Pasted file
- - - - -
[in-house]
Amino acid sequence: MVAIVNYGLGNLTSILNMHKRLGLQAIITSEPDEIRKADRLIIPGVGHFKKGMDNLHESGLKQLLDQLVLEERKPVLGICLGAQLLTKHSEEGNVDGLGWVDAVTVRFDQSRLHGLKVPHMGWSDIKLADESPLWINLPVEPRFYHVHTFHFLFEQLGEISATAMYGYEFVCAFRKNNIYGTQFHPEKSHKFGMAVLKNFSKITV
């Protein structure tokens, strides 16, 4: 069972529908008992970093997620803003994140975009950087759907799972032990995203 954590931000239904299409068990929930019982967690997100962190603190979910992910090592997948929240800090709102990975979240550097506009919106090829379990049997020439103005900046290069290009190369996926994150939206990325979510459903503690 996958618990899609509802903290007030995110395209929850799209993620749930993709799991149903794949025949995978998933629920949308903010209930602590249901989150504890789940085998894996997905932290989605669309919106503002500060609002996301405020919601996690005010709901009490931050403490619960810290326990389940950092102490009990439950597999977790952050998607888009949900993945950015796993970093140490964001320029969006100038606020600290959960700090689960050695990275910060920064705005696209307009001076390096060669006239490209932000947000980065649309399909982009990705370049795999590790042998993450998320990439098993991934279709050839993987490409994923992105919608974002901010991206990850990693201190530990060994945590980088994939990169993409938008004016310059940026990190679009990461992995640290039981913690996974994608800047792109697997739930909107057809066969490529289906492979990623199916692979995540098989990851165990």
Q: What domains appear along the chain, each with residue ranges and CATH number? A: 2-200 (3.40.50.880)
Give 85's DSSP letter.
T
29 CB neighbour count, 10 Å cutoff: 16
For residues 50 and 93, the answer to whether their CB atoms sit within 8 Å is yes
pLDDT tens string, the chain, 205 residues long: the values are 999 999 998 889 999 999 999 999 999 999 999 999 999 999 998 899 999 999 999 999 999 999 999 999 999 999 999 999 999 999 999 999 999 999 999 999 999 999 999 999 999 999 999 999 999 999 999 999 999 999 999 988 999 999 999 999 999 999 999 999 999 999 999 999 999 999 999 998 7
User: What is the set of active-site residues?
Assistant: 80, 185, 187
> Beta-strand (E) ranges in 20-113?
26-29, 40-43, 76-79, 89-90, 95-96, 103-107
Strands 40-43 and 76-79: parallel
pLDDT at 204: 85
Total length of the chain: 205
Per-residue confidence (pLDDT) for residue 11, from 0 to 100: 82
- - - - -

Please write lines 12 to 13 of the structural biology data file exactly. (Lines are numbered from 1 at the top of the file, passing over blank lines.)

> Beta-strand (E) ranges in 20-113?
26-29, 40-43, 76-79, 89-90, 95-96, 103-107